as two genes, polymorphisms of which can impact susceptibility both in mice and humans [38
]. Adding our results to their data further expands the pool of strain-specific metastasis modifiers, although it is not clear if Mmp9
is itself the gene that is polymorphic. Indeed, analysis of strain-dependent modifiers of MMTV-PyVT metastasis indicated that chromosomes 6, 9, 13, 17 and 19 contained loci related to metastasis susceptibility [41
], not chromosome 2 where Mmp9
is located in the mouse.
Why MMP9 shows this strain dependent effect is unclear. The possibilities are that the enzyme itself, its relevant substrate in the lung environment or a modifier of its function is differentially regulated according to strain. When we examined neutrophil presence in the lungs of tumor-bearing mice, we detected no difference between the FVB/N and C57BL/6 backgrounds indicating that the primary source of MMP9 is not dissimilar. While we have identified the process of angiogenesis as the mechanism for the difference seen between MMP9 wild-type and null mice of the C57BL/6 strain, we have not determined the substrate responsible. It has been suggested that release of VEGF from matrix sequestration is one mechanism by which MMP9 promotes angiogenesis [24
]. In a pilot study with the VEGF/VEGFR1 complex-detecting antibody [42
] used in the Bergers study, we saw reduced complex formation in MMTV-PyVT; MMP9-/-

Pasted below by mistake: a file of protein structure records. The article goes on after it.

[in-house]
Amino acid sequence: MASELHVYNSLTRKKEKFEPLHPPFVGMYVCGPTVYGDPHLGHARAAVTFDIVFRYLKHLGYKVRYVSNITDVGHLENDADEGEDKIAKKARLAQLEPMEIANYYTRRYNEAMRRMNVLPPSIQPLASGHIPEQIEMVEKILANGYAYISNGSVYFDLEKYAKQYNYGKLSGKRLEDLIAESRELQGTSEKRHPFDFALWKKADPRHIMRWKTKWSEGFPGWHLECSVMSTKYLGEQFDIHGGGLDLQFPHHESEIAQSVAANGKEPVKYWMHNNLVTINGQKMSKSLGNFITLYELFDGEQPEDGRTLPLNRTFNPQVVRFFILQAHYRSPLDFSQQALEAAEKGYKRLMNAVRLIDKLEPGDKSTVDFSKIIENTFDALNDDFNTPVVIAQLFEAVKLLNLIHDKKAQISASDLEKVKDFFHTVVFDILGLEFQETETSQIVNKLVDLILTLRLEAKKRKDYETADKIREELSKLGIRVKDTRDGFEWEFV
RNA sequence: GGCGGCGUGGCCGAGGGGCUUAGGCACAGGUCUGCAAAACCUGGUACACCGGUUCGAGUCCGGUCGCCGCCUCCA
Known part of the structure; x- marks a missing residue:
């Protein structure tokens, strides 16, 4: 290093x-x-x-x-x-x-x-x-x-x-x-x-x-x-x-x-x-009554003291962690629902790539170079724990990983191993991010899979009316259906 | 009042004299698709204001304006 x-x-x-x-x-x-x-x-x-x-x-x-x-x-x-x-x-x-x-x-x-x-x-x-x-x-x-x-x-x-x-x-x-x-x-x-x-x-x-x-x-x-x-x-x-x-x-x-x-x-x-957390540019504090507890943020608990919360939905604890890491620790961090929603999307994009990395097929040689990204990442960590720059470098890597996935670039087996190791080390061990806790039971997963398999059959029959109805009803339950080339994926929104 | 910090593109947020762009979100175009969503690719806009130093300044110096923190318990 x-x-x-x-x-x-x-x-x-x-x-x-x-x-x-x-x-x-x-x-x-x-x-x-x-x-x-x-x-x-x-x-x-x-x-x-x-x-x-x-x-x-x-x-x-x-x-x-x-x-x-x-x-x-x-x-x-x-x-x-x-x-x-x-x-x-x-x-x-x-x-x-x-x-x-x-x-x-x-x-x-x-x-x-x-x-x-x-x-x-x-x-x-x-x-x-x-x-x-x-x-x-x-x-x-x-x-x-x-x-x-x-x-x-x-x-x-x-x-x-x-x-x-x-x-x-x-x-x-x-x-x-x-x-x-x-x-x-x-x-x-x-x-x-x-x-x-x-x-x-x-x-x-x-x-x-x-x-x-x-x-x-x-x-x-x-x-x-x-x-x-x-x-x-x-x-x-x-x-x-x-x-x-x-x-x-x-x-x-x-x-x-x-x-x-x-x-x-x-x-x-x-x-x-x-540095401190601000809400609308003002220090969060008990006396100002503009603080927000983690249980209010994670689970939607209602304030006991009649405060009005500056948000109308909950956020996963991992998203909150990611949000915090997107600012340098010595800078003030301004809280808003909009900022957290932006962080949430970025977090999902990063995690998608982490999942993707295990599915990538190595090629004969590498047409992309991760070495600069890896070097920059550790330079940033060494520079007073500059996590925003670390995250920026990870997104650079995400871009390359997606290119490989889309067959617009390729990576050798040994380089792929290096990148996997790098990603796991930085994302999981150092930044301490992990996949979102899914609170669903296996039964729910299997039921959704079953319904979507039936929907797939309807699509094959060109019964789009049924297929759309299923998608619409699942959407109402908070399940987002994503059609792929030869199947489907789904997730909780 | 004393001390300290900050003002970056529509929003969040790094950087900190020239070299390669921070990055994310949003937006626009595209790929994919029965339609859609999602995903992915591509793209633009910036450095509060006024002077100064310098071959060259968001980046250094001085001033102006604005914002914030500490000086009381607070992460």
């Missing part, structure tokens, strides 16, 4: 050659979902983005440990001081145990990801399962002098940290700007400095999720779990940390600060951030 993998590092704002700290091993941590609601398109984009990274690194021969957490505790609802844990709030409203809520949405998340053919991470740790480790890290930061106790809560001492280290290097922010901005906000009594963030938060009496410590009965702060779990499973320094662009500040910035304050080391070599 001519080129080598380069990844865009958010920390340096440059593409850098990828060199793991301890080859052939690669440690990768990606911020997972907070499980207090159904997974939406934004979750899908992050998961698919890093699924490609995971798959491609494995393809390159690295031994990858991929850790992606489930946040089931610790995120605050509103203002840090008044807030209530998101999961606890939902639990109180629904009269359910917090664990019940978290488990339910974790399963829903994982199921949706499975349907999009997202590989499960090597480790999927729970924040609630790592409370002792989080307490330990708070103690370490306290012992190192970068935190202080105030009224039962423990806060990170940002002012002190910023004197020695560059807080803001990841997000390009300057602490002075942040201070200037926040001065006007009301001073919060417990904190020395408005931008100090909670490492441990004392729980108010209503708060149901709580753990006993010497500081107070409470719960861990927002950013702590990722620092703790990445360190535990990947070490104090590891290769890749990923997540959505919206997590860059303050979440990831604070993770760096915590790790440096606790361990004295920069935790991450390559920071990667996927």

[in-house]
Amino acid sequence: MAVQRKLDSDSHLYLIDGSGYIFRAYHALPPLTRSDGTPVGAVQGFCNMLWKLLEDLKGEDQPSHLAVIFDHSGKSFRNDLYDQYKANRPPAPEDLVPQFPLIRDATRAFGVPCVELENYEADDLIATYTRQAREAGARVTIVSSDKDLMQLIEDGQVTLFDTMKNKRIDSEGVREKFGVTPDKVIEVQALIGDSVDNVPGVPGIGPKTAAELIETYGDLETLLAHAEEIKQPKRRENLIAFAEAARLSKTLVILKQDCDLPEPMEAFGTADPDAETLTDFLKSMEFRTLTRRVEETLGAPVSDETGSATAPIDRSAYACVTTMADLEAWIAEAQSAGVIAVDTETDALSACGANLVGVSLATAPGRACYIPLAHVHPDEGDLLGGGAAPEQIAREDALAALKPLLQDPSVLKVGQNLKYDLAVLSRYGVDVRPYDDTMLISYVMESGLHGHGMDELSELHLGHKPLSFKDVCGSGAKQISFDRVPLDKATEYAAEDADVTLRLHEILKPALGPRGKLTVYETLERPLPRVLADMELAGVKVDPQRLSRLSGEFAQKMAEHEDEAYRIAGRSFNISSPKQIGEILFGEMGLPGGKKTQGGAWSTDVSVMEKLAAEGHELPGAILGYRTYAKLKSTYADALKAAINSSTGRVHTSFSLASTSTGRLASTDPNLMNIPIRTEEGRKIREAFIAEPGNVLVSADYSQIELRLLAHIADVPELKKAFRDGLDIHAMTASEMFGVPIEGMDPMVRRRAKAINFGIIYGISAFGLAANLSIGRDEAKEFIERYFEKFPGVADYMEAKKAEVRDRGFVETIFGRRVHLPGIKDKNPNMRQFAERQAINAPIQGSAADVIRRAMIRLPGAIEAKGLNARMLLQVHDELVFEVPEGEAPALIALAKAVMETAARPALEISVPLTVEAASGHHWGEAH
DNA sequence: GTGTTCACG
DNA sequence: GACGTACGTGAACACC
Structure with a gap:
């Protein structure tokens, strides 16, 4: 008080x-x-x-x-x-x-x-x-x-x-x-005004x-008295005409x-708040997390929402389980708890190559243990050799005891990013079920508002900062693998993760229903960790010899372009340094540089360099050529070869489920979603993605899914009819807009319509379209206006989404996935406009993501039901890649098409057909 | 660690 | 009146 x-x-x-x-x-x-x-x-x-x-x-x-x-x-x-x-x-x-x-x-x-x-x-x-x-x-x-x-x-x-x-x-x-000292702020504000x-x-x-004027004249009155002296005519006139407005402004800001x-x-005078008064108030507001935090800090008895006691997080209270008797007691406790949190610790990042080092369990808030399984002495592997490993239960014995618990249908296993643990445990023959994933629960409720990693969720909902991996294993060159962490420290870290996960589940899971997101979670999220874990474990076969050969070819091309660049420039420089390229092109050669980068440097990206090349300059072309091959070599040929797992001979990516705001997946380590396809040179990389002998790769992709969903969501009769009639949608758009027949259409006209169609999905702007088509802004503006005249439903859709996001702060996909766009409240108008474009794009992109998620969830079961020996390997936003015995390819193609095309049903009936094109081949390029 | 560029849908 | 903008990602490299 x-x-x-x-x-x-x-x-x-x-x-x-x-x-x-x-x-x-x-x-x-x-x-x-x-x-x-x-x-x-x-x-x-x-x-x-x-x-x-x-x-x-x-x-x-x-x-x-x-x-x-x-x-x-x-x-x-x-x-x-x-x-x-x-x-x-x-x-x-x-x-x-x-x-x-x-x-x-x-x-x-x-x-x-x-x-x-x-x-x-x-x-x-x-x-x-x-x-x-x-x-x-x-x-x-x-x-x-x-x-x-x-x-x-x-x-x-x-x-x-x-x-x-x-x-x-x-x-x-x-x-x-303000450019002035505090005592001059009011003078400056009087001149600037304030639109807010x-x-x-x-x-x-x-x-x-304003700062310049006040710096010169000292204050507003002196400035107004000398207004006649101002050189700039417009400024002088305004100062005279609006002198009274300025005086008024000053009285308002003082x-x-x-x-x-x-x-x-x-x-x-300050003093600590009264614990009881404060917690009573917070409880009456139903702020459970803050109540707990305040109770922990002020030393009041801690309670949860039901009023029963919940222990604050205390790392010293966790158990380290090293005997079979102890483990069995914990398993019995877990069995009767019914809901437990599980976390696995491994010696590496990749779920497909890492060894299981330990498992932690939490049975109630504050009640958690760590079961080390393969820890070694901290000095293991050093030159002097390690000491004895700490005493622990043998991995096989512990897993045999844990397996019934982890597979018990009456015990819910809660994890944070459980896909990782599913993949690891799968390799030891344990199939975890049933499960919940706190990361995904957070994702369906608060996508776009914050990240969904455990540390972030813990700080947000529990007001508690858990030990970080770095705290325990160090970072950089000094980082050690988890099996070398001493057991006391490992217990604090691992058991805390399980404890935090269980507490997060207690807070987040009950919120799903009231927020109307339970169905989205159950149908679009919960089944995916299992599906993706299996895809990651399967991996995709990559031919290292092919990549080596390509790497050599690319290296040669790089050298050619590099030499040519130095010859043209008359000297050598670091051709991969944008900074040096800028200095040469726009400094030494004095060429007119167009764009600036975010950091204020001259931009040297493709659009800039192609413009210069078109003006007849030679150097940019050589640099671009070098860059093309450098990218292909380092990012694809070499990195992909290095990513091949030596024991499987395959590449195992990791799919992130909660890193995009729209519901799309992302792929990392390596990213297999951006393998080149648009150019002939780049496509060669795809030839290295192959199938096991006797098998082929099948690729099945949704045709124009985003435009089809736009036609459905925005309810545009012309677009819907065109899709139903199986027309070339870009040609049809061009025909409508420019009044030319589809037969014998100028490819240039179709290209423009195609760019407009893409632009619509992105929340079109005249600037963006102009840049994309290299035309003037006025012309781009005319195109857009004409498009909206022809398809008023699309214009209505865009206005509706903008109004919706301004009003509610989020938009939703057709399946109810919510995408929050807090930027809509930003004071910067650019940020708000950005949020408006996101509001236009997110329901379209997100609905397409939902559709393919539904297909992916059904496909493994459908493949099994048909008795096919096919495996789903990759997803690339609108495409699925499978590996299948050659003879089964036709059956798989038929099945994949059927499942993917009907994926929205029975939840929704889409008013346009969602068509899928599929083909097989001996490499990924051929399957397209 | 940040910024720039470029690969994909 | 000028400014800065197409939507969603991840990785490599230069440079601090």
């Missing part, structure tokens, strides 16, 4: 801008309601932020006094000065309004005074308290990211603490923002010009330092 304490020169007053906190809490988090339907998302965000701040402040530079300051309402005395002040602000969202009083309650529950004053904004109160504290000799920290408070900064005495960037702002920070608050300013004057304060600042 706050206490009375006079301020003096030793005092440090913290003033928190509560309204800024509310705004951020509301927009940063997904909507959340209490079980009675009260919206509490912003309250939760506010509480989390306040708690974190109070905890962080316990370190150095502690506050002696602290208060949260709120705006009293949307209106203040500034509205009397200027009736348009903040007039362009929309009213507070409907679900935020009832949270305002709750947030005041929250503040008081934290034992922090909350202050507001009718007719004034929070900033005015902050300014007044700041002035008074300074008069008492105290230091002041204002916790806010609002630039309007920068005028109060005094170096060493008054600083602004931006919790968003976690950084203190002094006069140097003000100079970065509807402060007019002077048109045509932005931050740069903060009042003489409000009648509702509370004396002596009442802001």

lung tumors compared to controls (data not shown), suggesting that this is a possible explanation for the angiogenesis differences observed. Other roles for MMP9 in the angiogenic process include processing or liberation of other angiogenic growth factors [43
]; degradation of basement membrane proteins to facilitate endothelial cell migration and tube formation [43
]; and recruitment of pericytes to stabilize newly-formed vasculature [25
In all our experiments in which FVB/N mice were used, deficiency of MMP9 or treatment with the gelatinase inhibitor SB-3CT appeared to be associated with enhanced tumor development. In the case of the MMP9-/-
mice, this effect did not reach statistical significance, although a clear trend was evident (). Following treatment with the inhibitor SB-3CT, a significant enhancement of luciferase signal, which corresponds to tumor burden, was seen. There have been reports previously of MMP9 ablation associated with enhanced tumor development. Coussens et al., reported that MMP9-null mice developed fewer, but more aggressive tumors in the K14-HPV16 skin cancer model [44